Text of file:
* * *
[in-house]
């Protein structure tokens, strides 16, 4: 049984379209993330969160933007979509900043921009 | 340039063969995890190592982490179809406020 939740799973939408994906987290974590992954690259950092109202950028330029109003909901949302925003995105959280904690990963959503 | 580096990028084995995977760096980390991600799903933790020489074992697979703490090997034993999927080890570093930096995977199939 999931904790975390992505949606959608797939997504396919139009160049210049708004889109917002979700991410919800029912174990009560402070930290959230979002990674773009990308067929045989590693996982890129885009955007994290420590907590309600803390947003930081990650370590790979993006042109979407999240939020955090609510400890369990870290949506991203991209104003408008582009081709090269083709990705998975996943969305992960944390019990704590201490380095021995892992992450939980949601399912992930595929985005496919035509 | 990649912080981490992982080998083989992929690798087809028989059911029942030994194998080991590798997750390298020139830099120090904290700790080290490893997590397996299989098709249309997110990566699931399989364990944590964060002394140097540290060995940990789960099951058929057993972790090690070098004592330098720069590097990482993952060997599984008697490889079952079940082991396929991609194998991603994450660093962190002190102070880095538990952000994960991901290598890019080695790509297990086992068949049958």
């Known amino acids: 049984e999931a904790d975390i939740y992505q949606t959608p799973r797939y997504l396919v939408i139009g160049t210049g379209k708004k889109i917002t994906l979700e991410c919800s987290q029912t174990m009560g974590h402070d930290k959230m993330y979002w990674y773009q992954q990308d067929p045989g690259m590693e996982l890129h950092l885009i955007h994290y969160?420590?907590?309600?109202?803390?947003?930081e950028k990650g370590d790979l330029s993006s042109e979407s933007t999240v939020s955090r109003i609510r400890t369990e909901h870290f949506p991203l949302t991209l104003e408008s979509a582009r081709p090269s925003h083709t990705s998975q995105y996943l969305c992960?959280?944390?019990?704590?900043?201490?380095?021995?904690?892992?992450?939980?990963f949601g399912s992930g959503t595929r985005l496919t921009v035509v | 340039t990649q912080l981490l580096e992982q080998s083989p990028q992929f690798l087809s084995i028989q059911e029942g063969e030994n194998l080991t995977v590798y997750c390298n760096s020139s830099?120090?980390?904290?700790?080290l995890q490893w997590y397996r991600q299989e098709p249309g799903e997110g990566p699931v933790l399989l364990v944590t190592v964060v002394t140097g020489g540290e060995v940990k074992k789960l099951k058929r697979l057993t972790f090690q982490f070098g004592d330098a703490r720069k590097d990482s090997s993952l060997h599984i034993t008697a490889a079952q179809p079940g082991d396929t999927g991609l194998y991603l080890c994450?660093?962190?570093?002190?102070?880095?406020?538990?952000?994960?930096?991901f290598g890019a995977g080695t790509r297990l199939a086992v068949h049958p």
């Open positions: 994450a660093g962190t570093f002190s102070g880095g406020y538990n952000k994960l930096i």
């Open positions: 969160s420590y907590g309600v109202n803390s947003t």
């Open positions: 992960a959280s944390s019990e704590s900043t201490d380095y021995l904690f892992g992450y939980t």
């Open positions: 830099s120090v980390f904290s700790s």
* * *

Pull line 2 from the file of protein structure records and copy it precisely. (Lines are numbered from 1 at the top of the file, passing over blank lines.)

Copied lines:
């Protein structure tokens, strides 16, 4: 049984379209993330969160933007979509900043921009 | 340039063969995890190592982490179809406020 939740799973939408994906987290974590992954690259950092109202950028330029109003909901949302925003995105959280904690990963959503 | 580096990028084995995977760096980390991600799903933790020489074992697979703490090997034993999927080890570093930096995977199939 999931904790975390992505949606959608797939997504396919139009160049210049708004889109917002979700991410919800029912174990009560402070930290959230979002990674773009990308067929045989590693996982890129885009955007994290420590907590309600803390947003930081990650370590790979993006042109979407999240939020955090609510400890369990870290949506991203991209104003408008582009081709090269083709990705998975996943969305992960944390019990704590201490380095021995892992992450939980949601399912992930595929985005496919035509 | 990649912080981490992982080998083989992929690798087809028989059911029942030994194998080991590798997750390298020139830099120090904290700790080290490893997590397996299989098709249309997110990566699931399989364990944590964060002394140097540290060995940990789960099951058929057993972790090690070098004592330098720069590097990482993952060997599984008697490889079952079940082991396929991609194998991603994450660093962190002190102070880095538990952000994960991901290598890019080695790509297990086992068949049958």